“You have to be low-key,” said a Shanghai-based founder of a rival fabless start-up. “They’ve done too much PR and their specs are out there in black and white. Now it’s difficult for TSMC to help them find a way out.”

Three Chinese engineers at design groups working with TSMC said it was difficult for the Taiwanese group or any fab to accurately judge a processor’s power. So TSMC had begun to ask Chinese customers to self-report their chips’ output and sign disclaimers.

A person close to TSMC said Biren’s public presentations touting its processors had forced the contract chipmaker to halt supplies because the chips’ performance probably met the specifications banned by the US restrictions. “Unless they can prove that they are OK under the export controls, we will not be able to ship to them,” the person said. “Whenever there is a red flag, we will have to review.”

Chinese engineers said figuring out what was compliant was complicated because of Washington’s unclear rules for calculating a key metric in the thresholds for chips called the bidirectional transfer rate, or the speed with which they send data to each other. The export controls cap chips at below 600 gigabytes per second (gb/s).

“There are several ways in which [this transfer rate] can be calculated,” said a senior engineer at Biren, who asked not to be named. The company had begun to tweak its designs to reduce processor speeds in the hope of getting them manufactured by TSMC, the person said.

Archived versions of Biren’s website from before the US imposed sanctions show specifications for its first processor, the BR100, that would give it a transfer rate of 640 gb/s, exceeding the US limits. Now Biren’s site shows slower specs for the BR100 of 576 gb/s, according to calculations from research group Bernstein.

Dylan Patel, chief analyst at semiconductor research group SemiAnalysis, who first noticed Biren’s change of specs, said the company was attempting to slow down its processors by disabling part of the chip.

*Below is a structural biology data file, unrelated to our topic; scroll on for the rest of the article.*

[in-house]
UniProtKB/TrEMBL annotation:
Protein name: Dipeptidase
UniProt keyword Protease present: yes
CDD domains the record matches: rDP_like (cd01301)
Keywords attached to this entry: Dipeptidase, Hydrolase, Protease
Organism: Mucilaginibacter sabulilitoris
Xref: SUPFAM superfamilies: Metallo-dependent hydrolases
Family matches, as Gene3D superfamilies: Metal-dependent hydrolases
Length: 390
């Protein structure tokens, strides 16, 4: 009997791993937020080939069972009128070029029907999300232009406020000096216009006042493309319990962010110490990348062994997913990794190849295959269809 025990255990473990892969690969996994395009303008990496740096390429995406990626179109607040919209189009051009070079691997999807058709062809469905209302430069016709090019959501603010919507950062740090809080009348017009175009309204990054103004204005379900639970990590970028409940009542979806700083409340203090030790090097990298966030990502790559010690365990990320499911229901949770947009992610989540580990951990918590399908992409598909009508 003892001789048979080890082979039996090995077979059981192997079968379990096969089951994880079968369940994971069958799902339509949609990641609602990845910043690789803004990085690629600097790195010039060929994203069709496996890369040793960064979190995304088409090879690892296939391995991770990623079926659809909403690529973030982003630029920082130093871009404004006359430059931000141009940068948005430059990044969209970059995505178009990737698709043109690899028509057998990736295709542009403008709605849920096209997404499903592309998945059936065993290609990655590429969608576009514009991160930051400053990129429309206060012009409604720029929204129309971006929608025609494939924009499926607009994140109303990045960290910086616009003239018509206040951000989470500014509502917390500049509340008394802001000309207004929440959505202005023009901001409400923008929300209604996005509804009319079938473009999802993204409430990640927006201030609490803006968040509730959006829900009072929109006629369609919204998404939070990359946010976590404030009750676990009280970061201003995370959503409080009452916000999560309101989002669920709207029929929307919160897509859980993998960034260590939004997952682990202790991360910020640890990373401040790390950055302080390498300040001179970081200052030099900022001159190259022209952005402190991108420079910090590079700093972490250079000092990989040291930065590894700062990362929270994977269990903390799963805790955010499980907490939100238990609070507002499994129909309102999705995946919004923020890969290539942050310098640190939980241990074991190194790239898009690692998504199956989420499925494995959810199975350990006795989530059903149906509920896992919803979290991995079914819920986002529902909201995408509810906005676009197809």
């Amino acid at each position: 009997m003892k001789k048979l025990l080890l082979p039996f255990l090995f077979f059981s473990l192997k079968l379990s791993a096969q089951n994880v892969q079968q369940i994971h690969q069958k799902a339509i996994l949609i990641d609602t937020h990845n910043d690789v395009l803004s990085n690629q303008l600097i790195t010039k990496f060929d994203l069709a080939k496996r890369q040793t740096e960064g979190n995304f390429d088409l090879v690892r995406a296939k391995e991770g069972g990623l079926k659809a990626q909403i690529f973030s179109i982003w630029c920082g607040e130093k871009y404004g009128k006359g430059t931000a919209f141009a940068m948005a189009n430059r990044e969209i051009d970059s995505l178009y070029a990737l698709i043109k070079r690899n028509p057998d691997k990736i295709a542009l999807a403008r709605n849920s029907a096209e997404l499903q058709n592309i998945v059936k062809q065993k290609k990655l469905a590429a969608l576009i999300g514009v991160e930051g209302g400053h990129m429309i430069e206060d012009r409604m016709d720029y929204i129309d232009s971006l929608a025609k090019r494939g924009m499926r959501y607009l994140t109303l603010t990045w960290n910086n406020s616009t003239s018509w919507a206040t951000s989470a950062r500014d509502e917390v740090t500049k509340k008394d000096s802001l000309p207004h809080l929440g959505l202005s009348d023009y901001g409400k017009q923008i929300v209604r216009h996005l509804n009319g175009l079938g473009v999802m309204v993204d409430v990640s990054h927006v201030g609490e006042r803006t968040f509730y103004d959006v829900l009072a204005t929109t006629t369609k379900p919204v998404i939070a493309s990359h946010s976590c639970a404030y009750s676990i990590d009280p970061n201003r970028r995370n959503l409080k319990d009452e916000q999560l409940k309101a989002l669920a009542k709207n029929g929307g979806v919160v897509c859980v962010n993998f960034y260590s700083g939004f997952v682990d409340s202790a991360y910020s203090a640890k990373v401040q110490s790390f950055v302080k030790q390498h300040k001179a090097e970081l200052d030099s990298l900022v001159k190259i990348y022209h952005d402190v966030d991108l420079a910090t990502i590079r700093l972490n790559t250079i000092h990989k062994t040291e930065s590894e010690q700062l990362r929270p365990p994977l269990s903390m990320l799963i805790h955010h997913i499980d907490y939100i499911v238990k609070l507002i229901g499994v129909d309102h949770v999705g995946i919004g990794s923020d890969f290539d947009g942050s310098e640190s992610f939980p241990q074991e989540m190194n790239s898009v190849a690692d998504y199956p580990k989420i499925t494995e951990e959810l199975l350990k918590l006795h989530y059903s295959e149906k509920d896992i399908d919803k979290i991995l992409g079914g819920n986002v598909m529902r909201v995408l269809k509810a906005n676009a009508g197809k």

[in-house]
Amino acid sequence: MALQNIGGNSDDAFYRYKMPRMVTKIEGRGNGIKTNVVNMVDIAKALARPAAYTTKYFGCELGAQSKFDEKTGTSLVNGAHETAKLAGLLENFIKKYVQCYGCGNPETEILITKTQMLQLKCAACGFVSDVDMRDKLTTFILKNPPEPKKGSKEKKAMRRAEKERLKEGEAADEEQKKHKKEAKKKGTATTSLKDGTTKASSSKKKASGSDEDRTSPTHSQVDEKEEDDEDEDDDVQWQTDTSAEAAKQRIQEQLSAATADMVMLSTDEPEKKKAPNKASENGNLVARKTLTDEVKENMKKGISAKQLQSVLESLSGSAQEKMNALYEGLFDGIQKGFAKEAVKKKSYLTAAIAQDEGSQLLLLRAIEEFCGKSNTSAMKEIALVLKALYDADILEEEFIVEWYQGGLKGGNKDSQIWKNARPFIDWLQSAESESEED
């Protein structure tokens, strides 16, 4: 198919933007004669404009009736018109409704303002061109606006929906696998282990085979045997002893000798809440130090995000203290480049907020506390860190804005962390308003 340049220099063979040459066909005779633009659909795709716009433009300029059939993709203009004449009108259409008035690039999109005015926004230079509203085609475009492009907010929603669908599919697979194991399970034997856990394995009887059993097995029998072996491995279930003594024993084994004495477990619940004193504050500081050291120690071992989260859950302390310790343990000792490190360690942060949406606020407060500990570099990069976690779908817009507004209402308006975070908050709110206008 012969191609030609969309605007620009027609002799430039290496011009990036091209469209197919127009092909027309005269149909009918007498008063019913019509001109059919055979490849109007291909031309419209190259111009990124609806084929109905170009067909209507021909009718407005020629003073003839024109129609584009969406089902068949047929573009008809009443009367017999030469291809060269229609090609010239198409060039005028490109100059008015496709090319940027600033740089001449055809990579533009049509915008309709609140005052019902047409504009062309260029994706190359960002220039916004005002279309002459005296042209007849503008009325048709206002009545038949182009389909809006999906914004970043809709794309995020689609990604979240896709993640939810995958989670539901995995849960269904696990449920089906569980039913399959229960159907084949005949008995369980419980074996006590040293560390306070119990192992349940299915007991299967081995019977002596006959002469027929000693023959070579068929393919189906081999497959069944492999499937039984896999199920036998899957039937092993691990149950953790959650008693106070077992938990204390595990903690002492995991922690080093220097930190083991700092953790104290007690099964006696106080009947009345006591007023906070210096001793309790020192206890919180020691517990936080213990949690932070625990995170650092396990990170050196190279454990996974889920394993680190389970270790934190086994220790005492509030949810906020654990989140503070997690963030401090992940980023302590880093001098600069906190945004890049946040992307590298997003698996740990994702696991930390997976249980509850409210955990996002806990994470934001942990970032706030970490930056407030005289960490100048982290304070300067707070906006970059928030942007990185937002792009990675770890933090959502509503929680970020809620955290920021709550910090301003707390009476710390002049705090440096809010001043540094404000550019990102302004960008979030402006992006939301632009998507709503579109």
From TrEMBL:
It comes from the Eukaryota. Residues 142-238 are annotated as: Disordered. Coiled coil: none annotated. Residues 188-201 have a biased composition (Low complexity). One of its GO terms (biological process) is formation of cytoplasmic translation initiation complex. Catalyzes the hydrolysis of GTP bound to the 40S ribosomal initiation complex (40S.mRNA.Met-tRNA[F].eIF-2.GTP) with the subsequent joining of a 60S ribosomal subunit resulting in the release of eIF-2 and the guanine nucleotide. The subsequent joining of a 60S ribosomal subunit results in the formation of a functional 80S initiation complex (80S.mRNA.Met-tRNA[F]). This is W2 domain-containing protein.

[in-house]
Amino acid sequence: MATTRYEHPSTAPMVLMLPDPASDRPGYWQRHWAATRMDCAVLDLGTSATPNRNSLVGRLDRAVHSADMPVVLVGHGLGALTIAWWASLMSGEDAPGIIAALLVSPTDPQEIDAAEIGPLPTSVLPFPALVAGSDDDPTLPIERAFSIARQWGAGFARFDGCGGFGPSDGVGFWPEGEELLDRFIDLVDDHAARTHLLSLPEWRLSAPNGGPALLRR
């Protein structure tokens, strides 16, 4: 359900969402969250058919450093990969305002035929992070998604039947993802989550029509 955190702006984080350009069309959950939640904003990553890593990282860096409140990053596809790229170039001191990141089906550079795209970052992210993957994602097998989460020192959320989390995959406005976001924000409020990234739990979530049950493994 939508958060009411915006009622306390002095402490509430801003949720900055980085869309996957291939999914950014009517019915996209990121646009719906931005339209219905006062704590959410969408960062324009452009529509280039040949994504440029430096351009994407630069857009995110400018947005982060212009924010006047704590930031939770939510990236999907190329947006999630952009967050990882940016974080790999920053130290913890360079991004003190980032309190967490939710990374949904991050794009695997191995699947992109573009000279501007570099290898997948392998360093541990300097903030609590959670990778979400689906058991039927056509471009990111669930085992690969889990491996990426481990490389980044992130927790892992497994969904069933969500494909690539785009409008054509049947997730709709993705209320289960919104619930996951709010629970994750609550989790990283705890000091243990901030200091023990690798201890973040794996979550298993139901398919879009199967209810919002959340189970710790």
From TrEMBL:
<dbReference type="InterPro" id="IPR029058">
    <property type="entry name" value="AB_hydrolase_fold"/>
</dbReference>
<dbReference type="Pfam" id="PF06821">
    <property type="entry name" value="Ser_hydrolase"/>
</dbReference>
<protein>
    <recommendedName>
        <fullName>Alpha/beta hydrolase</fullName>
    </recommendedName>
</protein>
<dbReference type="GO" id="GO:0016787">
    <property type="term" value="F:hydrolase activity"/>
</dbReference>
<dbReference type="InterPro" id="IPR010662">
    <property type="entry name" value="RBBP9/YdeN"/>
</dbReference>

“They are not changing the chip design, so it’s like saying ‘pinky promise we won’t re-enable it later on’ and it’s unclear if the [US] government will accept that,” said Patel.

Biren celebrated the unveiling of its “record-breaking” new chip line in August with a lavish press conference attended by Shanghai’s top officials. But its website has deleted one photo from the event: founder Mike Hong posing in front of the chip’s specs.

People briefed on the situation at Alibaba’s T-Head semiconductor unit said the team was studying how to modify its new 5-nanometer processor designed for AI work. Changes being contemplated could require another production test run at TSMC, which would mean a months-long delay and could cost $10mn or more, they said.

The unit’s biggest fear was turning into HiSilicon, the chip design unit of telecom equipment maker Huawei, which has been shattered by US-imposed sanctions, said one of the people.

“Many of T-head’s core team members are from HiSilicon, so it’s like a nightmare all over again,” the person said. “Internally, we’ve all agreed we will do anything to remain compliant. . . at least then we can still operate.”

Biren did not respond to a request for comment.

A spokesperson for T-head said: “T-Head core products are solely for Alibaba Group’s proprietary use and compliant with all relevant regulations.”